by Elena Moro
For July 2017, we have selected: Fernandez HH, Factor SA, Hauser RA, et al. Randomized controlled trial of deutetrabenazine for tardive dyskinesia. Neurology 2017;88:2003-2010.
Tardive dyskinesia (TD) is a relatively frequent complication of antipsychotic treatment. TD can be observed in any part of the body, can be very disabling, and often persists even after stopping the causative medication. Conventional tetrabenazine has been used to treat TD, due to its inhibitory effect on presynaptic vesicular monoamine transporter 2 (VMAT2). Although effective, conventional tetrabenazine is typically given three times daily, and has frequent relevant side effects, such as depression, somnolence, akathisia, parkinsonism, purportedly stemming from the peaks and troughs of its pharmacokinetic profile, that greatly impact its broader use. Deutetrabenazine is a new highly selective VMAT2 inhibitor that contains deuterium, a naturally occurring hydrogen element that attenuates the metabolism of the compound, thus having a more stable pharmacokinetic profile, requiring less frequent dosing with fewer side effects.
The efficacy, safety and tolerability of deutetrabenazine were studied in this randomized, double blind, parallel-group study involving 46 centers in USA and Europe. Patients having ≥3-month duration of TD, ≥3-month history of exposure to dopamine receptors antagonists, and a score ≥6 in the Abnormal Involuntary Movement Scale (AIMS) were included. The primary outcome was the difference in the AIMS score before and after the 12-week treatment with deutetrabenazine. The AIMS was rated by two blinded raters who reviewed the video recordings of the clinical assessments. Flexible dosing was employed and deutetrabenazine could be used up to 48 mg/day. Secondary outcomes included proportion of patients with treatment benefit on the Clinical Global Impression of Change (by the treating physician), and Patient Global Impression of Change. An intent-to-treat approach was used to analyze the data, together with a linear mixed model for repeated measurements.
Fifty-eight patients received deutetrabenazine and 59 received placebo; 52 patients in each group completed the study. The deutetrabenazine dose was on average 38.8 (±7.92) mg/day. At 12 weeks, the AIMS scores were significantly improved in the active medication group compared to placebo (SE: -3.0 (0.45) vs -1.6 (0.46), p = 0.019; treatment difference -1.4 (0.6), 95% CI -2.6 to -0.2)). No significant differences were found in secondary outcomes between groups.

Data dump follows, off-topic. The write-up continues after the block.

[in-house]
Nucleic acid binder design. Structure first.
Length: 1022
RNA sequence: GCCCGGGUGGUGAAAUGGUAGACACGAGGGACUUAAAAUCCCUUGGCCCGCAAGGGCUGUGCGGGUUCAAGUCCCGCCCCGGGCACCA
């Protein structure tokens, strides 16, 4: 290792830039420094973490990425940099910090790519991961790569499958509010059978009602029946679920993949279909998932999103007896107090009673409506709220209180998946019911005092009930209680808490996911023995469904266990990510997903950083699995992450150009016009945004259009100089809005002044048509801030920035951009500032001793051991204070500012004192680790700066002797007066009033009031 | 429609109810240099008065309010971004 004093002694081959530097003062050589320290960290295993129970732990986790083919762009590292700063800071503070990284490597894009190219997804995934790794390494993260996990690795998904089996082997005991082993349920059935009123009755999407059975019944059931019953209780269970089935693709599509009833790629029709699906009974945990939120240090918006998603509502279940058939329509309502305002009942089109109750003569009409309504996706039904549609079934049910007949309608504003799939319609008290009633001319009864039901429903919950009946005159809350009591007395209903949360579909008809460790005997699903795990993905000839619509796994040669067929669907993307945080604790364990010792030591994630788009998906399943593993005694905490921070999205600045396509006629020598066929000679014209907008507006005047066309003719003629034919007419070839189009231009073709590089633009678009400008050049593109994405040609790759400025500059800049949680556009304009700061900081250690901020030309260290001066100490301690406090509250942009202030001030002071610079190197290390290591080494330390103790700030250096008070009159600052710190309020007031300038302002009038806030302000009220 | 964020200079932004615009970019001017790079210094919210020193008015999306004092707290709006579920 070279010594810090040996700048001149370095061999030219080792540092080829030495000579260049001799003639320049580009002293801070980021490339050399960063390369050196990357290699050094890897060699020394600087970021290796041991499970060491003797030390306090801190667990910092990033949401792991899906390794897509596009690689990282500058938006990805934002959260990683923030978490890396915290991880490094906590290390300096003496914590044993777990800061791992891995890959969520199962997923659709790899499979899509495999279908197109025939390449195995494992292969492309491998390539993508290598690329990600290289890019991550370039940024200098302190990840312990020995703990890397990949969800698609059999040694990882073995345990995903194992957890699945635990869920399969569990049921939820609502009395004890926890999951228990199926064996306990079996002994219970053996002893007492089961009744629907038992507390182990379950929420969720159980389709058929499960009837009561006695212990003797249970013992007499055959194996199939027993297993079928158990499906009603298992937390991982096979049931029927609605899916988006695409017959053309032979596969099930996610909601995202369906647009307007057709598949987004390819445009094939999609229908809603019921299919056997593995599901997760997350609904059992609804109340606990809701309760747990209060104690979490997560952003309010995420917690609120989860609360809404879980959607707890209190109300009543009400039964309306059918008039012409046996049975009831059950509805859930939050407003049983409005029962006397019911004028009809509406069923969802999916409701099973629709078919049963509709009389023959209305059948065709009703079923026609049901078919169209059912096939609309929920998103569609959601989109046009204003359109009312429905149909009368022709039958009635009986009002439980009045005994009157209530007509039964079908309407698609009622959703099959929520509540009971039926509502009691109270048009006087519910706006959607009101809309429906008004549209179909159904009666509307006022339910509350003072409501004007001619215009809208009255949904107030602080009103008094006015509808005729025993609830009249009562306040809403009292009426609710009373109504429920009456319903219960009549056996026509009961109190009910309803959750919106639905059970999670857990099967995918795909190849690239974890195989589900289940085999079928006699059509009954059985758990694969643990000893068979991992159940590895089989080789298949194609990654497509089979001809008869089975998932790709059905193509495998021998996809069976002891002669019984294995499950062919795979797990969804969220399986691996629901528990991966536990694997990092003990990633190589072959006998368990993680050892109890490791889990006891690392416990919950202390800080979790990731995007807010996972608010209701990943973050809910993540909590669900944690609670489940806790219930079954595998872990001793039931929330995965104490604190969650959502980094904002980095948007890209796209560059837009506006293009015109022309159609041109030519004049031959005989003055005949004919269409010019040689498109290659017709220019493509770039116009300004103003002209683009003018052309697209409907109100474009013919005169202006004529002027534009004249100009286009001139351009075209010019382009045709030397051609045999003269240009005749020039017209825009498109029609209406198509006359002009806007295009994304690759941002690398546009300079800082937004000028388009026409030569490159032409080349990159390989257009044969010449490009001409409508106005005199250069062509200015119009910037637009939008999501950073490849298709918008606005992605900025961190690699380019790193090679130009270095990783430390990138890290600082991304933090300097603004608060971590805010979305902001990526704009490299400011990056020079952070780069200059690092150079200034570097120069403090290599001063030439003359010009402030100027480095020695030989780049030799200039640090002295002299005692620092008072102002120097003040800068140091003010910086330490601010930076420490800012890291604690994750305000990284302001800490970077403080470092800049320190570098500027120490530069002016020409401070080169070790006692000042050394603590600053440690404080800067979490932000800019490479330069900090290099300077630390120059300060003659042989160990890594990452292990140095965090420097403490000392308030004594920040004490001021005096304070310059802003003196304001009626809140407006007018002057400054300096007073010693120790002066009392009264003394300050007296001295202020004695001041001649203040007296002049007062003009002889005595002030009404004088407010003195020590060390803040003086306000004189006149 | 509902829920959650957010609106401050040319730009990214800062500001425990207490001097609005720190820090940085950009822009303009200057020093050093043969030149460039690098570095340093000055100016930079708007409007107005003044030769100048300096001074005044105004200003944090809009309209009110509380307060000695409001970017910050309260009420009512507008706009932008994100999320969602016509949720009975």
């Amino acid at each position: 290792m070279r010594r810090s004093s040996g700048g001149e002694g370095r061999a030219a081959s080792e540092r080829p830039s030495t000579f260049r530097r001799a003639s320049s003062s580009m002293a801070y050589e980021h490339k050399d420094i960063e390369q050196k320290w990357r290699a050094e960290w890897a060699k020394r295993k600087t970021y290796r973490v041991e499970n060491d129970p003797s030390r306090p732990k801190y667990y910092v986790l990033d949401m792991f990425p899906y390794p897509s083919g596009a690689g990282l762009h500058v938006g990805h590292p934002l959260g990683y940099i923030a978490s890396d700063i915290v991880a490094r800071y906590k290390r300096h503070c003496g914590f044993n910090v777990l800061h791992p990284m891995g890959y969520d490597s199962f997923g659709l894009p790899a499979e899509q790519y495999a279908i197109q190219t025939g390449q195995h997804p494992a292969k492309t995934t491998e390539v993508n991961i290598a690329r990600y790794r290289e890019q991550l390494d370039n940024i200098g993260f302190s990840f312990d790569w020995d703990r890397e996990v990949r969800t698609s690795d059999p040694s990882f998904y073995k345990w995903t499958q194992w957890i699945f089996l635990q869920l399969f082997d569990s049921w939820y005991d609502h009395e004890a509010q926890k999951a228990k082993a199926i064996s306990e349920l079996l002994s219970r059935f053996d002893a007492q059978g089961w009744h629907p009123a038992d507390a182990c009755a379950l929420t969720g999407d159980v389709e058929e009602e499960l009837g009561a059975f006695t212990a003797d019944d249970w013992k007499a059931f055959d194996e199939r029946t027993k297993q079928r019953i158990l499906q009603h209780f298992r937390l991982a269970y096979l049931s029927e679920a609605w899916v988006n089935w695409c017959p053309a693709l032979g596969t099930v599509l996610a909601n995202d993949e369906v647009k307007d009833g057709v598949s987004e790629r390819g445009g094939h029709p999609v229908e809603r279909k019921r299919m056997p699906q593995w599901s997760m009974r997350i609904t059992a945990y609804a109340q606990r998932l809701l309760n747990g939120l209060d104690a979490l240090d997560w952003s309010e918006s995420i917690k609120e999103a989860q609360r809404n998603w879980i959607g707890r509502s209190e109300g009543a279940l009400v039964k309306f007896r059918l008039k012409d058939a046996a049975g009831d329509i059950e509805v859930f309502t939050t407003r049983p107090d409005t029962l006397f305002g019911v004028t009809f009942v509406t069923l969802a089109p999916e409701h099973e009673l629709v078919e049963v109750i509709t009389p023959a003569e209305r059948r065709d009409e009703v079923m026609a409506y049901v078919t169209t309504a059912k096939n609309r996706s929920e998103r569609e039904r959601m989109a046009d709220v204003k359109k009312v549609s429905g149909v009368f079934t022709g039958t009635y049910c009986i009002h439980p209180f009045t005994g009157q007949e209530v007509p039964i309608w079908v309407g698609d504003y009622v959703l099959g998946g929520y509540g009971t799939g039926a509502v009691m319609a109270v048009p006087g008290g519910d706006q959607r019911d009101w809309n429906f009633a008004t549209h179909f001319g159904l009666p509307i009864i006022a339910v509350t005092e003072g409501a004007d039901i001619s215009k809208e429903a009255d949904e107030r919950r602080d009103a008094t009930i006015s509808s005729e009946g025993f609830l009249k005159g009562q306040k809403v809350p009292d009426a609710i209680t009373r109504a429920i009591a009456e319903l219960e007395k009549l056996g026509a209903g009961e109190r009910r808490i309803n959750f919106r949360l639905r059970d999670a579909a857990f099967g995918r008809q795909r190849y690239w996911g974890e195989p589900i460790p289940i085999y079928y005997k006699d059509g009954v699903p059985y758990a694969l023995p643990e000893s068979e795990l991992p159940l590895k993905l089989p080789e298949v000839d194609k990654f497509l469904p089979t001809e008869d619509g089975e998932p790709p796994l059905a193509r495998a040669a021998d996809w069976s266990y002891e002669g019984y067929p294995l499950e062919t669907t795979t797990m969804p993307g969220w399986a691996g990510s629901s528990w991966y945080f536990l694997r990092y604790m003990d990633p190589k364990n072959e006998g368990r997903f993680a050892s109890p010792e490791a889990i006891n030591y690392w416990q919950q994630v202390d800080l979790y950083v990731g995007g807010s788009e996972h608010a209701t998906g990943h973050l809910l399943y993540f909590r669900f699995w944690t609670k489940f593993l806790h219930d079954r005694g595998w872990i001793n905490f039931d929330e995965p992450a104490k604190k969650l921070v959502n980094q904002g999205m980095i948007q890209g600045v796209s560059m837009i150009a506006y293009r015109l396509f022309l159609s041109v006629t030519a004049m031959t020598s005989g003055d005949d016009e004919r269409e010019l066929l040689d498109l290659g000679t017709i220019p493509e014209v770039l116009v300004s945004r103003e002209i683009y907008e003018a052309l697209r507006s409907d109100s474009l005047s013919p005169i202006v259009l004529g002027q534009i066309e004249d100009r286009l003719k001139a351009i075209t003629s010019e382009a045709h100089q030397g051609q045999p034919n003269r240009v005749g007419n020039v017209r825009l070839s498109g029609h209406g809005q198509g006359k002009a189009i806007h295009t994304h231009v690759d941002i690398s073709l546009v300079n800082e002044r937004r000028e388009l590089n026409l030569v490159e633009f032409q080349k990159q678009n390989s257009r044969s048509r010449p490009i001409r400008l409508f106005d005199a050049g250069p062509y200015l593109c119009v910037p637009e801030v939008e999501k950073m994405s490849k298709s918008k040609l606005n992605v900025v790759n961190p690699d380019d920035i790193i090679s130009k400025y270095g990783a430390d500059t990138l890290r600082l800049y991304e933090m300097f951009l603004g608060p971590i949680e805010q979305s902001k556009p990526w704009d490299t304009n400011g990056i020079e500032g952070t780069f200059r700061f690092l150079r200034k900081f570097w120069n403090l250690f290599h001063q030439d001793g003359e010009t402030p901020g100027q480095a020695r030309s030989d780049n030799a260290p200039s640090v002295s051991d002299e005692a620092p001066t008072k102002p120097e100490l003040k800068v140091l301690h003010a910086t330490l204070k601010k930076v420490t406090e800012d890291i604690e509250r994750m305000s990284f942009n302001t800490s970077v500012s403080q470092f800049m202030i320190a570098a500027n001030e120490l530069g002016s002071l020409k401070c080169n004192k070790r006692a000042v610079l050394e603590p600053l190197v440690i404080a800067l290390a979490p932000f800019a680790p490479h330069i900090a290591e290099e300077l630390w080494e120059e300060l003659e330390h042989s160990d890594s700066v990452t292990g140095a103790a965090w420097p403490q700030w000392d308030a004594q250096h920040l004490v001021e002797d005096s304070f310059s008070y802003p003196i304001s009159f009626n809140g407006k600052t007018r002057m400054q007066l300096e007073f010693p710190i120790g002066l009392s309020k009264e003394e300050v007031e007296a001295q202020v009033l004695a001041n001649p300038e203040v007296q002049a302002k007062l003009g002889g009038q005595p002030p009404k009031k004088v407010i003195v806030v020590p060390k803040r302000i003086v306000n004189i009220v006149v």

Adverse events were similar between groups. Notably, the incidence of depression and suicidal ideation were low and did not vary between groups, and no worsening on parkinsonian features was reported.
“This study provides Class I evidence that deutetrabenazine can be effective in improving TD and, more importantly, it is well tolerated”, says the PI of the study, Prof. Hubert Fernandez, Center for Neurological Restoration, Cleveland Clinic, Cleveland, Ohio, USA. “Remarkably, patients could be maintained on concomitant treatment with their psychotropic drugs for their psychiatric comorbidities without additional side effects. There was also a trend to better improvement from deutetrabenazione in patients with more severe AIMS scores.”
“It remains unclear why treating physicians and patients did not appreciate an improvement with the active drug compared to placebo based on the CGIC and PGIC”, says Prof. Michele Tinazzi, Division of Neurology, University of Verona, Italy. “These findings may be related to the difficulty in appreciating changes in TD by the patients and their treating psychiatrists, and to the significant placebo effect on the AIMS that could have had an impact on the subjective measurements. Nevertheless, similar to the reports on Huntington’s chorea, deutetrabenazine appears to be a very useful and safe drug to treat TD, especially in patients still needing their antipsychotic treatment.”
The other nominees for the July 2017 paper of the month are:
Liu B, Fang F, Pedersen NL, et al. Vagotomy and Parkinson disease. Neurology 2017;88:1996-2002. To assess the potential role of vagotomy in developing Parkinson’s disease (PD), the authors analyzed data from the national Swedish registries conducting a matched-cohort study. Vagotomy and PD were identified from the Swedish Patient register. PD incidence was 61.8 between vagotomized patients and 65.5 between controls. Vagotomy was found to be not associated with the risk of PD.
Tepper S, Ashina M, Reuter U, at al. Safety and efficacy of erenumab for preventive treatment of chronic migraine: a randomized, double-blind, placebo-controlled phase 2 trial. Lancet Neurol 2017;16:425-434. Efficacy and safety of the human monoclonal antibody enumab against the calcitonin gene-related peptide receptor were studied in this European and North American trial. A total of 667 patients with chronic migraine were enrolled. Both 70 mg and 140 mg of subcutaneous erenumab were effective in reducing monthly migraine days without major adverse events.